Timings firm up for Wellesley / Victoria Street ‘system’

Publish Date : 20 Sep 2022
14 09 22 Te Ha Noa Render Resize Aerial
Artist impression of Te Hā Noa, Victoria Street

With construction start-dates drawing closer, Auckland Council and Auckland Transport throw new light on the Wellesley / Victoria Street system, a pivotal part of the city centre’s midtown regeneration programme.

When the construction machinery, tunnel boring machines, hard hats and road cones are gone, midtown will be one of the most exciting  parts of the city centre. Getting there requires complex integrated works, but it will all be worthwhile – here’s why.

Both Wellesley and Victoria Streets were once dense traffic routes carrying four lanes of cars, trucks and buses, with cyclists daring to weave a path along the fringes and pedestrians competing with e-scooters for a sliver of pavement on either side.

That is all changing – for the better.

In 2021 Auckland Transport buses were moved from Victoria Street across to Wellesley Street. That helped Aucklanders picture the future of Wellesley Street as midtown’s dedicated east-west bus corridor between Albert and Queen Streets. It also enabled a pedestrian-prioritised Victoria Street - Te Hā Noa - to proceed.

The aim is to achieve a system, a form of urban symbiosis, for these two historic east-west streets, as both will have portals into and out of Te Waihorotiu Station (Aotea).

Victoria Street is set to become a tree-lined, pedestrian-prioritised street with the delivery of Te Hā Noa. The design of the street will provide one lane of vehicles in each direction, connected laneways, wide footpaths with places to sit and spend time, street furniture, public art and a protected cycleway.

Construction will start on the midtown part of Te Hā Noa in Victoria Street in early 2023. Stage One of the Wellesley Street Bus Improvements project, turning the section between Albert and Queen Street into a bus corridor, will begin in late 2023.

When Te Waihorotiu Station (Aotea), Wellesley Street bus corridor and Te Hā Noa are operational, another page will turn on the Auckland Council group’s delivery of the City Centre Masterplan vision – to create a more welcoming, greener and vibrant city centre, with people-friendly streets and a well-connected world-class public transport system.

Here’s how these three dynamic elements will form New Zealand’s busiest bus-train-pedestrian-bike-micro-mobility hub:  

1. Te Hā Noa

The midtown section of Te Hā Noa in Victoria Street  - from Albert Street to Kitchener Street - will become a high quality accessible public space to support the number of people arriving at Victoria Street from Te Wai Horotiu Station (Aotea), through the northern portal, when the station opens.

The name Te Hā Noa, gifted by mana whenua, evokes a sense of freedom to breathe and enjoy the experience of the sights and sounds around you. In time, Te Hā Noa will form a green link across the city, linking two city parks – Rangipuke / Albert Park and Waikōkota / Victoria Park.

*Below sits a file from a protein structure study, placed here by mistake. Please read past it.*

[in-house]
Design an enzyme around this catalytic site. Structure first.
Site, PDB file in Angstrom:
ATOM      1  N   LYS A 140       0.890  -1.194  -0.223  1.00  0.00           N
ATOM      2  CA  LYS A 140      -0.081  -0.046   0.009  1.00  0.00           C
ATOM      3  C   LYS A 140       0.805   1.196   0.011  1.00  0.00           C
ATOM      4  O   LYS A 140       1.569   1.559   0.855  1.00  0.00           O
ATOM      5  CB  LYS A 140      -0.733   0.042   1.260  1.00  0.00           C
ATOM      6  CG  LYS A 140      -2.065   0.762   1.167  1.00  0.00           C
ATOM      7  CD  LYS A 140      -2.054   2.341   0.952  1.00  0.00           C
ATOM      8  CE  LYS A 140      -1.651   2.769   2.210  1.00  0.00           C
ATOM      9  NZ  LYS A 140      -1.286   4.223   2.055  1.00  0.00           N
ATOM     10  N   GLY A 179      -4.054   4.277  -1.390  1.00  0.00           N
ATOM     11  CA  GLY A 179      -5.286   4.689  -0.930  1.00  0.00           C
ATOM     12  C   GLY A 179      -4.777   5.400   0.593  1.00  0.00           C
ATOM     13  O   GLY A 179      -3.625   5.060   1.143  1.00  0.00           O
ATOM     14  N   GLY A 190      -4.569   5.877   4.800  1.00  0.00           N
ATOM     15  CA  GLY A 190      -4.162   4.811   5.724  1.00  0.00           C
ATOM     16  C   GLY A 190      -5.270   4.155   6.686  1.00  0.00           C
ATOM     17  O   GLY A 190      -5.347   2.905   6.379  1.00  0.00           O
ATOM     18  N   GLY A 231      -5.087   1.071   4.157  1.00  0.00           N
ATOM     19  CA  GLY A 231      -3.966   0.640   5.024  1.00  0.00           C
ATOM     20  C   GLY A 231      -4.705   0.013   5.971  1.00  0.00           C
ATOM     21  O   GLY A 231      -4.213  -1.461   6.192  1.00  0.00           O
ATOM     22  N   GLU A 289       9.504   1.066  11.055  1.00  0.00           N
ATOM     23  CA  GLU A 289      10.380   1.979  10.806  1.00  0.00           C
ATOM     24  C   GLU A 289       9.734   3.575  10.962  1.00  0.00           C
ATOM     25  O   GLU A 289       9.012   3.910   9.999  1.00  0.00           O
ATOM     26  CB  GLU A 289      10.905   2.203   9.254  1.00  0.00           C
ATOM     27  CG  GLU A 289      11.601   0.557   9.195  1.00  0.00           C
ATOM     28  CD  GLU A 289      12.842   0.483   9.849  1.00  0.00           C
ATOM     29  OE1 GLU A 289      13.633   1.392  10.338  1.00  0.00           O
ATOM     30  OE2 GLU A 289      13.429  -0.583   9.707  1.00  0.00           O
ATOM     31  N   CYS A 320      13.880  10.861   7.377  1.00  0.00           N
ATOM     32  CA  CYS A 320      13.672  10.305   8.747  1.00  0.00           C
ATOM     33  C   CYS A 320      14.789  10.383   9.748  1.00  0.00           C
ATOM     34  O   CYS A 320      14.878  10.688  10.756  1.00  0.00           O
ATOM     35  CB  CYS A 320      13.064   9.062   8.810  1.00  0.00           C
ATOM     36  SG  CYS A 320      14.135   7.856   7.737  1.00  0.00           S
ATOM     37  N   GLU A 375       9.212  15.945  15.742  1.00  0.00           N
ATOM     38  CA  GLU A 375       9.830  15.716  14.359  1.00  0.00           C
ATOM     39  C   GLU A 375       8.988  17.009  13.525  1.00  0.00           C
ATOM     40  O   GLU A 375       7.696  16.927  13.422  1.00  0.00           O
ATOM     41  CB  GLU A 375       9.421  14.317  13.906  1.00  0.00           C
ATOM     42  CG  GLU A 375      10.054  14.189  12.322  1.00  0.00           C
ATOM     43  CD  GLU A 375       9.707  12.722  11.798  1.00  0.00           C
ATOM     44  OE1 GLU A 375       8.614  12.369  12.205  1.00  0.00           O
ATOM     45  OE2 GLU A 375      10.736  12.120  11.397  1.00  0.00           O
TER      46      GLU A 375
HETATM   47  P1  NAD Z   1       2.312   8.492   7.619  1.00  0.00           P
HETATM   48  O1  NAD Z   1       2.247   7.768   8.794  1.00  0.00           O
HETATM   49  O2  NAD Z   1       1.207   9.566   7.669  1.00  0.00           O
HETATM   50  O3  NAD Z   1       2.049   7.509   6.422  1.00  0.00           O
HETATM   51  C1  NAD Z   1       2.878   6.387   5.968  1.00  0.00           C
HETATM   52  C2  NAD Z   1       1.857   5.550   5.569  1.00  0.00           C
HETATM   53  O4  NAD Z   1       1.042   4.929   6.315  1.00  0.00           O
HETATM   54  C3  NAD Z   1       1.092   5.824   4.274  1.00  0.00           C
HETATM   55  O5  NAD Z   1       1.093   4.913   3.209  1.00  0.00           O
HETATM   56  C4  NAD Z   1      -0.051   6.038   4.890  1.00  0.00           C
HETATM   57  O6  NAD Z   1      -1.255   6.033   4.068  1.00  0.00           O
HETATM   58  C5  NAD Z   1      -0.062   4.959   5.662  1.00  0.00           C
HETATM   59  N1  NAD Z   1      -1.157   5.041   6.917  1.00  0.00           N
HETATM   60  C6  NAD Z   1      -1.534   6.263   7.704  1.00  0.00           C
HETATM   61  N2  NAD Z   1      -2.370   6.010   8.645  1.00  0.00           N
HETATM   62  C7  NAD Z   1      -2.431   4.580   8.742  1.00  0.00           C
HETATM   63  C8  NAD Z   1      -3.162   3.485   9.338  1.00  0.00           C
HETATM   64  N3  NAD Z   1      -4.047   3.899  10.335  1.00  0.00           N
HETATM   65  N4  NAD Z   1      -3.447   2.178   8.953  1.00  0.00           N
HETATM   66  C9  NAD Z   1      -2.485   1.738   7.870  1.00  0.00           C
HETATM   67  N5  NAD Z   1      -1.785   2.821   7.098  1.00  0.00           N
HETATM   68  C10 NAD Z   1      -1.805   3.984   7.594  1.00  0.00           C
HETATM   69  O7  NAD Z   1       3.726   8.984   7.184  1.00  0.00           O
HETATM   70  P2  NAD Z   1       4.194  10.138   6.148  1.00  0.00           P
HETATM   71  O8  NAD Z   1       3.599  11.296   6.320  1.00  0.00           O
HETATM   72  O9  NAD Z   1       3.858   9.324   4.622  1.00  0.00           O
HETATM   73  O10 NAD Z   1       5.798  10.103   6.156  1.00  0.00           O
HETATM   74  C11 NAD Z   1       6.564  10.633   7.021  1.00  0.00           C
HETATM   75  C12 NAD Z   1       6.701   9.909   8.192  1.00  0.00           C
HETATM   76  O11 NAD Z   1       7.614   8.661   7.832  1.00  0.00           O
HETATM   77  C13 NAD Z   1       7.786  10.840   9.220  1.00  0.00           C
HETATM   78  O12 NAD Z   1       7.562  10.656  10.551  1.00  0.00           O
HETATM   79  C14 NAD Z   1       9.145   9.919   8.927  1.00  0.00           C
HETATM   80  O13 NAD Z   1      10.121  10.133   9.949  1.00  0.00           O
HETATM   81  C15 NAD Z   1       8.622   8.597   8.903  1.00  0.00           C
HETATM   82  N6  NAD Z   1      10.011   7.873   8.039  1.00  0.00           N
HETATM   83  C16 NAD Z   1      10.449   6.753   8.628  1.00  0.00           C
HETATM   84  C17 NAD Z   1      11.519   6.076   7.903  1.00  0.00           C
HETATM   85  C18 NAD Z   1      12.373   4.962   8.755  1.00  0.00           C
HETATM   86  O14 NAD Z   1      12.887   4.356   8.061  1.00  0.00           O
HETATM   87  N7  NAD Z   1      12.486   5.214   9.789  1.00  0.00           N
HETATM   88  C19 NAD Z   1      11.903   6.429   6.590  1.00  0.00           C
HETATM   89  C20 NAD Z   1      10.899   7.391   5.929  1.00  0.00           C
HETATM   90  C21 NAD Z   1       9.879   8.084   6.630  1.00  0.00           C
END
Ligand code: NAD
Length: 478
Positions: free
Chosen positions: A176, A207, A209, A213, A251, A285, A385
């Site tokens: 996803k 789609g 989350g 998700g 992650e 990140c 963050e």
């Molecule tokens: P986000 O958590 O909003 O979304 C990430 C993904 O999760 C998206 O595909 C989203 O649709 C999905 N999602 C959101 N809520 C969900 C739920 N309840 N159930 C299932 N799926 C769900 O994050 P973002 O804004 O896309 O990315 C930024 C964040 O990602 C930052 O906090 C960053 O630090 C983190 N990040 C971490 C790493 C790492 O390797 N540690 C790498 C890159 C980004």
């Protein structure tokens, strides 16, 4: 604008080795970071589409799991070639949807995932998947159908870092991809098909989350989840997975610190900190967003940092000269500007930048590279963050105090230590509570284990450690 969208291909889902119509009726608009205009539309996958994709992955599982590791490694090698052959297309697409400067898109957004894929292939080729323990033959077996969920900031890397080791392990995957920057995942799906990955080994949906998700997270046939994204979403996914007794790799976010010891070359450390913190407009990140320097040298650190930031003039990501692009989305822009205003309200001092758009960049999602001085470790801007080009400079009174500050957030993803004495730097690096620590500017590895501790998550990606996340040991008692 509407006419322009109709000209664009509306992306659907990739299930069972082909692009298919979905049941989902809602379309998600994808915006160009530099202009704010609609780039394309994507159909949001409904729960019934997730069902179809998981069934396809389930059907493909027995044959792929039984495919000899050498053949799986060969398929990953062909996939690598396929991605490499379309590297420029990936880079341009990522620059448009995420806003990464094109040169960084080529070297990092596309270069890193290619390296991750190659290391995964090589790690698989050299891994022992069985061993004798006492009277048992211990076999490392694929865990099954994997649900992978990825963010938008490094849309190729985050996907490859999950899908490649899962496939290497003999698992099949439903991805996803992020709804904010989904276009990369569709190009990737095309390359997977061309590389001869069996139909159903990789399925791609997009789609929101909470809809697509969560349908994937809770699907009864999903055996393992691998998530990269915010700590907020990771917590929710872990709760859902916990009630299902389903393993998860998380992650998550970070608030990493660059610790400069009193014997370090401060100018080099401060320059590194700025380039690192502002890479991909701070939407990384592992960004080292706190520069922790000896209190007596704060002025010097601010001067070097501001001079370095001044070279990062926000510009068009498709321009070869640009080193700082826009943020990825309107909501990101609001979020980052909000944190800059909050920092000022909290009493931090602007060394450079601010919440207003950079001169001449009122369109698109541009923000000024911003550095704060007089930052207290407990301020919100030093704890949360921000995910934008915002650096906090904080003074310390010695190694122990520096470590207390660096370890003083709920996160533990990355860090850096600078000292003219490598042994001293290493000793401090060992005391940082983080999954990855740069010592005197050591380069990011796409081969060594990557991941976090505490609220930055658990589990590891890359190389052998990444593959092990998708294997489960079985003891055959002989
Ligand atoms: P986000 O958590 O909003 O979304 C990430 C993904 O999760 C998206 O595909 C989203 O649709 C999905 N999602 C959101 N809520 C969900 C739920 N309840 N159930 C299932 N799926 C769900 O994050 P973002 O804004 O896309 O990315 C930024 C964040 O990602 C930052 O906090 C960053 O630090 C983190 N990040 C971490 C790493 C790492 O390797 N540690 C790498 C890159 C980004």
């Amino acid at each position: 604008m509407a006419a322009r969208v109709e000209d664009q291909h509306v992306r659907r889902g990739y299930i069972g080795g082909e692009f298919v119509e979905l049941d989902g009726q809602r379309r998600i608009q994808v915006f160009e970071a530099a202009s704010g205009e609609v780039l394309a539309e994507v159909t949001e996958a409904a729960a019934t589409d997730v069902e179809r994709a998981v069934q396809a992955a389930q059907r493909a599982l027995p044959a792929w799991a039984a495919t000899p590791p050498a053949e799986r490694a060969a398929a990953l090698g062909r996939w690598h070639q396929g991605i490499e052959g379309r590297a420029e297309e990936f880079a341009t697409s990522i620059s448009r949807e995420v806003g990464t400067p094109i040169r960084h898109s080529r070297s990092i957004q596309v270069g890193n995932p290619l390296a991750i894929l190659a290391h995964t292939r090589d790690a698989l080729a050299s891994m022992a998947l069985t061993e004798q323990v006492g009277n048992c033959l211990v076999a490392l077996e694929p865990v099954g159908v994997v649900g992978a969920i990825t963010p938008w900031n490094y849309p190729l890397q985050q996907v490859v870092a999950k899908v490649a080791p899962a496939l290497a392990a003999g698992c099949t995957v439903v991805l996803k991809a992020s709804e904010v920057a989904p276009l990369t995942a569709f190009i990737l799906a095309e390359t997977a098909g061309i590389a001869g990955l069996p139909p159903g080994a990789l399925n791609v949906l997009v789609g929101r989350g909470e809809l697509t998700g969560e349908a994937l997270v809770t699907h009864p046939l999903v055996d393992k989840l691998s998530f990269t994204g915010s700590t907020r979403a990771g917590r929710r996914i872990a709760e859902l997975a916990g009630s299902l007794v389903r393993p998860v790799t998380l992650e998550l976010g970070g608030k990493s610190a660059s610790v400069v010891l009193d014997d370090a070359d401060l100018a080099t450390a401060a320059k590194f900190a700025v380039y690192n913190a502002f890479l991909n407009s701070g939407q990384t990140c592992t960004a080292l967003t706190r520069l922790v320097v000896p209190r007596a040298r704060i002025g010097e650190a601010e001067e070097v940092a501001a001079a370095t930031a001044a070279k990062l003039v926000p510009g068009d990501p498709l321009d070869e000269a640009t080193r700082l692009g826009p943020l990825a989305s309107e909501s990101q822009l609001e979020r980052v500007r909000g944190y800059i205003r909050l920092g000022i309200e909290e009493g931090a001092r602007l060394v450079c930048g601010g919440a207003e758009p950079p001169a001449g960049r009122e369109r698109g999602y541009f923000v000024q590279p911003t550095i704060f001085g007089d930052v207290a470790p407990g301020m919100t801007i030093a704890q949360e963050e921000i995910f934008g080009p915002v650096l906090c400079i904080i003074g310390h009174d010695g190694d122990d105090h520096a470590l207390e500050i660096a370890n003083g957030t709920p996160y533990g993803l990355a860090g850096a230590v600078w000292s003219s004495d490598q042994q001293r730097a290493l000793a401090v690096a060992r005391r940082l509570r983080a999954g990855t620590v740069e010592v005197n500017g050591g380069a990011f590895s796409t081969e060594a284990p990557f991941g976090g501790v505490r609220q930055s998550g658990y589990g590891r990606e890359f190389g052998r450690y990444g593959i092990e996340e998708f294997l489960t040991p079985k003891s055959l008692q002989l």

The section of Victoria Street from Albert to Queen Street will see shovels in the ground in early 2023. When that section opens, construction of the second section - from Queen to Kitchener Street - will begin, following a similar delivery sequence as the first section.

More than 20 native trees will be planted along these sections of Te Hā Noa, adding to the city centre’s expanding urban ngāhere (forest), providing shade and shelter, cooling the city and soaking up carbon.  

2. Wellesley Street construction

Led by Auckland Transport, work on Stage One of the Wellesley Street Bus Improvements project between Albert and Queen Street, will begin in late 2023, delivering wider footpaths on both sides of the street, six westbound and six eastbound bus stops and a wider and improved crossing between Bledisloe Lane and Elliott Street.

The seamless links between bus and train in the street are expected to drive uptake of public transport, supporting the 64 per cent cut in transport emissions planned for by 2030 and voted for by councillors in August 2022. AT’s plan to move all buses to zero emissions by 2040 adds further weight to the prospect of a zero-emissions public transport future in Auckland’s city centre.

3. Te Waihorotiu Station (Aotea)

The City Rail Link (CRL) is one of the largest infrastructure projects undertaken in New Zealand in recent times. The 3.45km double-track underground rail line will transform Auckland’s public transport services when it becomes operational. Learn more about the CRL and Te Waihorotiu Station (Aotea), a catalyst for change in midtown, at cityraillink.co.nz

The works below ground are equally crucial in preparing this area for the significant growth ahead. Watercare is leading the work to future-proof infrastructure underground, improving midtown’s wastewater capacity and supporting new builds in the area. Construction is scheduled to begin in mid-late 2023.

In 2021, Auckland Council and Auckland Transport announced an investment of more than  $130million in the midtown regeneration programme, describing the area as: ‘a part of Auckland where our history, art and culture can be seen and heard and will spill out into public life; where people choose to spend time and socialise; a place that is attractive and feels inclusive and safe.’

Aucklanders are learning more about the steps it will take to get there.  

Meet the people of midtown

Click here to hear from the people who are leading and guiding the midtown regeneration programme, and what it means for Auckland’s economy.

Watch here and enjoy artist Graham Tipene’s journey along the new section of Federal Street, and then underground with the Link Alliance team to Te Waihorotiu Station (Aotea) while under construction.

For more information please visit progressakl.co.nz/midtown

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